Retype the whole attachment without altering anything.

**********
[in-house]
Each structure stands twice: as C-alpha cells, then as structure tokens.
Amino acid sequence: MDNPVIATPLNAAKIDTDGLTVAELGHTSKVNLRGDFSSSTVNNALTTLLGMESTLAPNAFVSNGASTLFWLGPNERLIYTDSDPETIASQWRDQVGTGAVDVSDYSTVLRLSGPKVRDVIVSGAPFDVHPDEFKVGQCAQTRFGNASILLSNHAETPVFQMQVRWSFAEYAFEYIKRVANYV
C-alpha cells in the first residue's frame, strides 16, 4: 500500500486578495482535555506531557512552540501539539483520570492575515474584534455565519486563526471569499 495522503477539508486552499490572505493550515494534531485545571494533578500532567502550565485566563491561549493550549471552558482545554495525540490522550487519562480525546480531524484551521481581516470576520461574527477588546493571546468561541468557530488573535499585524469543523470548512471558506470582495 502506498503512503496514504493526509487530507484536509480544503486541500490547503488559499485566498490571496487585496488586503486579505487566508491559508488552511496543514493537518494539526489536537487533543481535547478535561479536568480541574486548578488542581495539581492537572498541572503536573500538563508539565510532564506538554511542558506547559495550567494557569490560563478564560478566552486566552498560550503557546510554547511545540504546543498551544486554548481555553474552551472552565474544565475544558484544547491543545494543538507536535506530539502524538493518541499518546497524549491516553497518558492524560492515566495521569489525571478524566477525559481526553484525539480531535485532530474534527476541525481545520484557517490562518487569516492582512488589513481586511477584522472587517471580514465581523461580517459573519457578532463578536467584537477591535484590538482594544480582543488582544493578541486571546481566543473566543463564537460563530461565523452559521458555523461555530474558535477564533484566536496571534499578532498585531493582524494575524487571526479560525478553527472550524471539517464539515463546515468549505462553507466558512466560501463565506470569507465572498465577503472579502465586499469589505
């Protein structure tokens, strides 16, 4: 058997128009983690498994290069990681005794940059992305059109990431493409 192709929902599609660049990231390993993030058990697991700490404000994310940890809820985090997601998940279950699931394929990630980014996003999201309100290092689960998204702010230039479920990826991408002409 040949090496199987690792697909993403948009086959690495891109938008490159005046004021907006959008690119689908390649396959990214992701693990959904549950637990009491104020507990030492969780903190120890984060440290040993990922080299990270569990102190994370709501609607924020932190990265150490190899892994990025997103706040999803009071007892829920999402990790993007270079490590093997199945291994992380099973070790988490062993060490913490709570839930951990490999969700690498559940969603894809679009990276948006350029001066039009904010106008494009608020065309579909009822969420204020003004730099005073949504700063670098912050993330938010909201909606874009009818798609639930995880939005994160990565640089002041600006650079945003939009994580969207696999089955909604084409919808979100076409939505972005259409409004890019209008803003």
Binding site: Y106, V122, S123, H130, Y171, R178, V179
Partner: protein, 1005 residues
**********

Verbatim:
[in-house]
Each structure stands twice: as C-alpha cells, then as structure tokens.
Amino acid sequence: MDNPVIATPLNAAKIDTDGLTVAELGHTSKVNLRGDFSSSTVNNALTTLLGMESTLAPNAFVSNGASTLFWLGPNERLIYTDSDPETIASQWRDQVGTGAVDVSDYSTVLRLSGPKVRDVIVSGAPFDVHPDEFKVGQCAQTRFGNASILLSNHAETPVFQMQVRWSFAEYAFEYIKRVANYV
C-alpha cells in the first residue's frame, strides 16, 4: 500500500486578495482535555506531557512552540501539539483520570492575515474584534455565519486563526471569499 495522503477539508486552499490572505493550515494534531485545571494533578500532567502550565485566563491561549493550549471552558482545554495525540490522550487519562480525546480531524484551521481581516470576520461574527477588546493571546468561541468557530488573535499585524469543523470548512471558506470582495 502506498503512503496514504493526509487530507484536509480544503486541500490547503488559499485566498490571496487585496488586503486579505487566508491559508488552511496543514493537518494539526489536537487533543481535547478535561479536568480541574486548578488542581495539581492537572498541572503536573500538563508539565510532564506538554511542558506547559495550567494557569490560563478564560478566552486566552498560550503557546510554547511545540504546543498551544486554548481555553474552551472552565474544565475544558484544547491543545494543538507536535506530539502524538493518541499518546497524549491516553497518558492524560492515566495521569489525571478524566477525559481526553484525539480531535485532530474534527476541525481545520484557517490562518487569516492582512488589513481586511477584522472587517471580514465581523461580517459573519457578532463578536467584537477591535484590538482594544480582543488582544493578541486571546481566543473566543463564537460563530461565523452559521458555523461555530474558535477564533484566536496571534499578532498585531493582524494575524487571526479560525478553527472550524471539517464539515463546515468549505462553507466558512466560501463565506470569507465572498465577503472579502465586499469589505
């Protein structure tokens, strides 16, 4: 058997128009983690498994290069990681005794940059992305059109990431493409 192709929902599609660049990231390993993030058990697991700490404000994310940890809820985090997601998940279950699931394929990630980014996003999201309100290092689960998204702010230039479920990826991408002409 040949090496199987690792697909993403948009086959690495891109938008490159005046004021907006959008690119689908390649396959990214992701693990959904549950637990009491104020507990030492969780903190120890984060440290040993990922080299990270569990102190994370709501609607924020932190990265150490190899892994990025997103706040999803009071007892829920999402990790993007270079490590093997199945291994992380099973070790988490062993060490913490709570839930951990490999969700690498559940969603894809679009990276948006350029001066039009904010106008494009608020065309579909009822969420204020003004730099005073949504700063670098912050993330938010909201909606874009009818798609639930995880939005994160990565640089002041600006650079945003939009994580969207696999089955909604084409919808979100076409939505972005259409409004890019209008803003």
Binding site: Y106, V122, S123, H130, Y171, R178, V179
Partner: protein, 1005 residues